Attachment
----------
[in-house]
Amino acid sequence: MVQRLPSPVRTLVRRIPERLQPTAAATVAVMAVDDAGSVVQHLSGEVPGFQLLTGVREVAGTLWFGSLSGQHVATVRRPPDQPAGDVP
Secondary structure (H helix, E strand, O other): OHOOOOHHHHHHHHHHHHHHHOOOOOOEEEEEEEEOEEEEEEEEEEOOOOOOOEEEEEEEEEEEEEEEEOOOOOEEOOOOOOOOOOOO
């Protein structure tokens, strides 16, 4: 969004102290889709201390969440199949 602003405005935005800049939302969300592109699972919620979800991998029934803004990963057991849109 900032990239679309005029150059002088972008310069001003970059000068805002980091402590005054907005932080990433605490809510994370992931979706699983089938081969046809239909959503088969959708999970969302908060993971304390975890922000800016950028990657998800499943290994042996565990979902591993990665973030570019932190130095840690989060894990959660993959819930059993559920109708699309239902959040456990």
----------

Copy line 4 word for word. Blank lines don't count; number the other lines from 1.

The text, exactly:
């Protein structure tokens, strides 16, 4: 969004102290889709201390969440199949 602003405005935005800049939302969300592109699972919620979800991998029934803004990963057991849109 900032990239679309005029150059002088972008310069001003970059000068805002980091402590005054907005932080990433605490809510994370992931979706699983089938081969046809239909959503088969959708999970969302908060993971304390975890922000800016950028990657998800499943290994042996565990979902591993990665973030570019932190130095840690989060894990959660993959819930059993559920109708699309239902959040456990």